Review: ‘One Way Pendulum’

Adapted from his own play by N. F. Simpson, what there is of a plot deals with an eccentric British family whose antics resemble normal behavior as Salvador Dali resembles Grandma Moses.

Adapted from his own play by N. F. Simpson, what there is of a plot deals with an eccentric British family whose antics resemble normal behavior as Salvador Dali resembles Grandma Moses.

Papa (Eric Sykes) seeks change from his humdrum existence as an insurance clerk by erecting a do-it-yourself replica of the Old Bailey in his living room, only to find a trial underway when he gets it finished; the mother (Alison Leggatt repeating her stage role), seemingly the sane one, goes along with her oddly-behaviored family until she adds her own bit by engaging a charwoman (Peggy Mount) not to clean, but to eat the family’s leftovers.

Nearly rational is daughter (Julia Foster), whose only concern is for what she considers a physical deformity – her arms don’t reach her knees.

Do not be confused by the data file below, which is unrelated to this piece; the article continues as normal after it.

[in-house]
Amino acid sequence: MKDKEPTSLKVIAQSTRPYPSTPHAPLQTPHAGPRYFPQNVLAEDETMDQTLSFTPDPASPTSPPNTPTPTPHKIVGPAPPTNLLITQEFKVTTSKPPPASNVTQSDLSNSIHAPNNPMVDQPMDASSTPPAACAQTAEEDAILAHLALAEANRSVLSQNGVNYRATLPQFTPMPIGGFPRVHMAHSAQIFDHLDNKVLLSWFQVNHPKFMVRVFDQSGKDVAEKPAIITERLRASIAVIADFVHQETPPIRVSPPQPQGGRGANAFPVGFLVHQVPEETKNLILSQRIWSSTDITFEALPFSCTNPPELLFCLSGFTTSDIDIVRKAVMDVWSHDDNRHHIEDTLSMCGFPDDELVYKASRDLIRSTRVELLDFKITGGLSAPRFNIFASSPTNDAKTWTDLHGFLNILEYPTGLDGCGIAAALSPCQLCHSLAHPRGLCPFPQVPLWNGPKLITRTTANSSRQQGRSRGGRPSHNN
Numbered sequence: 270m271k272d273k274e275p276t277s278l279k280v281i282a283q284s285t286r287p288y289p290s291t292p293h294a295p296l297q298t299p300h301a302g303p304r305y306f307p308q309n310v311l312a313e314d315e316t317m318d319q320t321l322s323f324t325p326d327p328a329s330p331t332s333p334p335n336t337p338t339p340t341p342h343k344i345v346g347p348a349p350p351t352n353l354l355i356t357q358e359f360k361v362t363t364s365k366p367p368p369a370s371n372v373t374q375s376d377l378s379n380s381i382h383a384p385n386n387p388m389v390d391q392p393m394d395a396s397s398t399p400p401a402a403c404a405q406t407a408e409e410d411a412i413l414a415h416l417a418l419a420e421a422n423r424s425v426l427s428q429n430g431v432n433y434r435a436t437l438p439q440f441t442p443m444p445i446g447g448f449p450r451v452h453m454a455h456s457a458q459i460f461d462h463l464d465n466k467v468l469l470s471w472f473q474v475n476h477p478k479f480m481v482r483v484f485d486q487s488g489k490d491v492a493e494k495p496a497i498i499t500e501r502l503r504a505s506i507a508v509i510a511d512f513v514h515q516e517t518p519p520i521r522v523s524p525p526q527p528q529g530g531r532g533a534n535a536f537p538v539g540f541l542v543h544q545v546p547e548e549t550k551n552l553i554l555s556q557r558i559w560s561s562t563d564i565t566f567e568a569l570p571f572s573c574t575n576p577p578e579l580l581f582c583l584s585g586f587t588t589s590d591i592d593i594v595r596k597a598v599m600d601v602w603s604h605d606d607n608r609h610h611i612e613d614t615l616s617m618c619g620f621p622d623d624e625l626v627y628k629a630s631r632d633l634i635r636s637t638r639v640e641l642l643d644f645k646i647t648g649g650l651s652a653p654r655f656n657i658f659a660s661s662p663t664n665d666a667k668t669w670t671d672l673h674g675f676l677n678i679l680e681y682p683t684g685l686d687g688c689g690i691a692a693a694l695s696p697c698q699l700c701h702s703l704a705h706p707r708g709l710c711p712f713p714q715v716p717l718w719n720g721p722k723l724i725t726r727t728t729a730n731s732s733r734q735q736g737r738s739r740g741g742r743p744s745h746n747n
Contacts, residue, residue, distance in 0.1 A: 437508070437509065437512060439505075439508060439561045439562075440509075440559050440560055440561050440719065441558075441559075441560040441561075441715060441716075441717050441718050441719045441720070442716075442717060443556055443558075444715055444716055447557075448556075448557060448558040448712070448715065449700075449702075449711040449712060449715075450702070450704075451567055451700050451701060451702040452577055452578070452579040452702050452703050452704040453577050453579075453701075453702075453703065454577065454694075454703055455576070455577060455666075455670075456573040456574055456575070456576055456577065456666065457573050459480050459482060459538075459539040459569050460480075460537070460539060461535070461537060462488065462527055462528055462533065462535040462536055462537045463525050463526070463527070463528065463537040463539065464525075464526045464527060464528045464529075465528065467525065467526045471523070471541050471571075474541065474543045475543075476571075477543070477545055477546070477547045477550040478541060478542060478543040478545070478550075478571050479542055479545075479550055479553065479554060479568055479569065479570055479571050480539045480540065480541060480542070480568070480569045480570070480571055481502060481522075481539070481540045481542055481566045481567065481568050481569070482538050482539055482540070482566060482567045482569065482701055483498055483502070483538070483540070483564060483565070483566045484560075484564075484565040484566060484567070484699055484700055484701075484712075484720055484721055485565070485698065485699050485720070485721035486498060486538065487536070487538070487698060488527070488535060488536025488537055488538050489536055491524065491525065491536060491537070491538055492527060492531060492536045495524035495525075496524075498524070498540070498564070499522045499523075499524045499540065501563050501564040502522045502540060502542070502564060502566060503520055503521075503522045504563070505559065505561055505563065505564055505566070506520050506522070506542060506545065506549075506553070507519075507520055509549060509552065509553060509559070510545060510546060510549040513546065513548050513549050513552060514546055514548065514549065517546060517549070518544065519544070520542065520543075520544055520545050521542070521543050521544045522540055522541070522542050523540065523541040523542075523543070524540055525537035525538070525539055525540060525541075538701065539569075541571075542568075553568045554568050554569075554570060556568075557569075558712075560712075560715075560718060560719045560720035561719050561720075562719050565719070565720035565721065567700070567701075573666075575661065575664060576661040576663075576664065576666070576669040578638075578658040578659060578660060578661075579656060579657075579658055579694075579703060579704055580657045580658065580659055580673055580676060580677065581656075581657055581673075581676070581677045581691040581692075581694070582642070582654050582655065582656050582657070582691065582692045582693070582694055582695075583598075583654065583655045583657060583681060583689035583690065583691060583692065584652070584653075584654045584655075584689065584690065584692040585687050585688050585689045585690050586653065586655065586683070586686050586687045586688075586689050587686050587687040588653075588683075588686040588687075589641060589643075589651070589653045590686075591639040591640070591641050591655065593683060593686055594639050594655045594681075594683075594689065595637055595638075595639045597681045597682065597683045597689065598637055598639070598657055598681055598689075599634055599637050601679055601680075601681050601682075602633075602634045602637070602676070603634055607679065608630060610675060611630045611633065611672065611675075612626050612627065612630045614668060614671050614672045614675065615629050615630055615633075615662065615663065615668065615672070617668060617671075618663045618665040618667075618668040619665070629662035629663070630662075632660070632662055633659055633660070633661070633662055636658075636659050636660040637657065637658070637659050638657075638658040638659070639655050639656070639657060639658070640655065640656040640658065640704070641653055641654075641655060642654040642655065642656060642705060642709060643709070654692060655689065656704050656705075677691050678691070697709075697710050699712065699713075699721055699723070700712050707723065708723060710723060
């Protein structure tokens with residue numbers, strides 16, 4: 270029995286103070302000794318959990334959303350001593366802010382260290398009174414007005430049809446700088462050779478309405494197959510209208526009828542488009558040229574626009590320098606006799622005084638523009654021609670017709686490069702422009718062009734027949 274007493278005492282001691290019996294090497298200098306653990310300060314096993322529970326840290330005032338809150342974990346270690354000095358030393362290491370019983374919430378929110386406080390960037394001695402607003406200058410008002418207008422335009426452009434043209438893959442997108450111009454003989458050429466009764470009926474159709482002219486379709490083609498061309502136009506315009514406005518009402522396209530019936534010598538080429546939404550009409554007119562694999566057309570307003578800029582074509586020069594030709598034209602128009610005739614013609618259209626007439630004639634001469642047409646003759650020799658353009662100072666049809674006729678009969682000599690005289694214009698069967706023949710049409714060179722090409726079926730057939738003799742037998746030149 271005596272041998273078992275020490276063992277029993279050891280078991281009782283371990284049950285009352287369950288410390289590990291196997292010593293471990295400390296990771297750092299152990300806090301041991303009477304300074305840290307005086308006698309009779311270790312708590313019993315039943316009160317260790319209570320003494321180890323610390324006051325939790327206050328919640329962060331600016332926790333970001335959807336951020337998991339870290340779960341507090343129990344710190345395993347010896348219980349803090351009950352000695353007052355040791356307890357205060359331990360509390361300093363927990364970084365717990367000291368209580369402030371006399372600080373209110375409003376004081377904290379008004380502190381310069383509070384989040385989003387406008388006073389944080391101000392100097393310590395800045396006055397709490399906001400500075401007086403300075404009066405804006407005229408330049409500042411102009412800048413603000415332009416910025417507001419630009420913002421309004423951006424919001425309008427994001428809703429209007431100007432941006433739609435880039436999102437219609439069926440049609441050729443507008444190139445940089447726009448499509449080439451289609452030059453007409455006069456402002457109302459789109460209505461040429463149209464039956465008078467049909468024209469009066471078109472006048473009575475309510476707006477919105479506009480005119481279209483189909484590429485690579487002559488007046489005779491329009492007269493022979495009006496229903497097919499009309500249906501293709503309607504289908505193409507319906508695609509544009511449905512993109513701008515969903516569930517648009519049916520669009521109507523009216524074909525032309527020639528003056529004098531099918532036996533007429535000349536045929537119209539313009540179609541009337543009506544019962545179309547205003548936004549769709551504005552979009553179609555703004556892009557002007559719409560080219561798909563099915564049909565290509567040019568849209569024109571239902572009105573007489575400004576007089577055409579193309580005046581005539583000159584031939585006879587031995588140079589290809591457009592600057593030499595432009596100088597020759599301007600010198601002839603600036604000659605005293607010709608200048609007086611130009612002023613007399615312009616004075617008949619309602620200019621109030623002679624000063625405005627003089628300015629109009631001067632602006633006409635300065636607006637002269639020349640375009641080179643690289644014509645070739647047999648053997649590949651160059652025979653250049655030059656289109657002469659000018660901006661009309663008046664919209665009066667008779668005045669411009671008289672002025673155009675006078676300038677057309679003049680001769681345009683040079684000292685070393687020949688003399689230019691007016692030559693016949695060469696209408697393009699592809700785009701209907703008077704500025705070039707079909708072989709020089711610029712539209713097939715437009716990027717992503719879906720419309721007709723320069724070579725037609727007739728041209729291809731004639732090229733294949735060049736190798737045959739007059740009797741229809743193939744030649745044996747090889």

Peter Yates directs with a technique that treats comedy as deadly serious and is responsible for much of the antic spirit that keeps the film animated during most of its chaotic run.

One Way Pendulum

UK

Production

Woodfall. Director Peter Yates; Producer Michael Deeley; Screenplay N.F. Simpson; Camera Denys Coop; Editor Peter Taylor; Music Richard Rodney Bennett; Art Director Reece Pemberton

Crew

(B&W) Extract of a review from 1965. Running time: 90 MIN.

With

Eric Sykes George Cole Julia Foster Jonathan Miller Peggy Mount Mona Washbourne
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